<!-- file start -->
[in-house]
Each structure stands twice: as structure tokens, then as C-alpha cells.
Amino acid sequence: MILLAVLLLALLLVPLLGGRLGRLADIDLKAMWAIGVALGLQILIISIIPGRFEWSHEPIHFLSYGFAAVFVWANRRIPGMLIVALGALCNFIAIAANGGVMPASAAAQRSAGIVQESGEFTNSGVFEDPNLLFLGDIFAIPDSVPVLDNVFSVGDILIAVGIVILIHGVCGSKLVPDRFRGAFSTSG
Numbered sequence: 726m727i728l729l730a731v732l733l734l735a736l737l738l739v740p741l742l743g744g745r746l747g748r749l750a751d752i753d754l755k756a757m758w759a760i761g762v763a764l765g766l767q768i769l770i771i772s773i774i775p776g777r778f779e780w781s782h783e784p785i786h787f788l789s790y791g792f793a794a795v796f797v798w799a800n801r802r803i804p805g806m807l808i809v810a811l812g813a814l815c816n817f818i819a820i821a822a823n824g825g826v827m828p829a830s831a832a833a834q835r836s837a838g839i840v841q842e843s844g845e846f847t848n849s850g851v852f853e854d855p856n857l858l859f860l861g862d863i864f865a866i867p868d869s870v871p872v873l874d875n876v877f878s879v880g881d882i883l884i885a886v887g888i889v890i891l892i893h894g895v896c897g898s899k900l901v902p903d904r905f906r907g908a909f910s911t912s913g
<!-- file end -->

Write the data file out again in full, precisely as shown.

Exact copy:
[in-house]
Each structure stands twice: as structure tokens, then as C-alpha cells.
Amino acid sequence: MILLAVLLLALLLVPLLGGRLGRLADIDLKAMWAIGVALGLQILIISIIPGRFEWSHEPIHFLSYGFAAVFVWANRRIPGMLIVALGALCNFIAIAANGGVMPASAAAQRSAGIVQESGEFTNSGVFEDPNLLFLGDIFAIPDSVPVLDNVFSVGDILIAVGIVILIHGVCGSKLVPDRFRGAFSTSG
Numbered sequence: 726m727i728l729l730a731v732l733l734l735a736l737l738l739v740p741l742l743g744g745r746l747g748r749l750a751d752i753d754l755k756a757m758w759a760i761g762v763a764l765g766l767q768i769l770i771i772s773i774i775p776g777r778f779e780w781s782h783e784p785i786h787f788l789s790y791g792f793a794a795v796f797v798w799a800n801r802r803i804p805g806m807l808i809v810a811l812g813a814l815c816n817f818i819a820i821a822a823n824g825g826v827m828p829a830s831a832a833a834q835r836s837a838g839i840v841q842e843s844g845e846f847t848n849s850g851v852f853e854d855p856n857l858l859f860l861g862d863i864f865a866i867p868d869s870v871p872v873l874d875n876v877f878s879v880g881d882i883l884i885a886v887g888i889v890i891l892i893h894g895v896c897g898s899k900l901v902p903d904r905f906r907g908a909f910s911t912s913g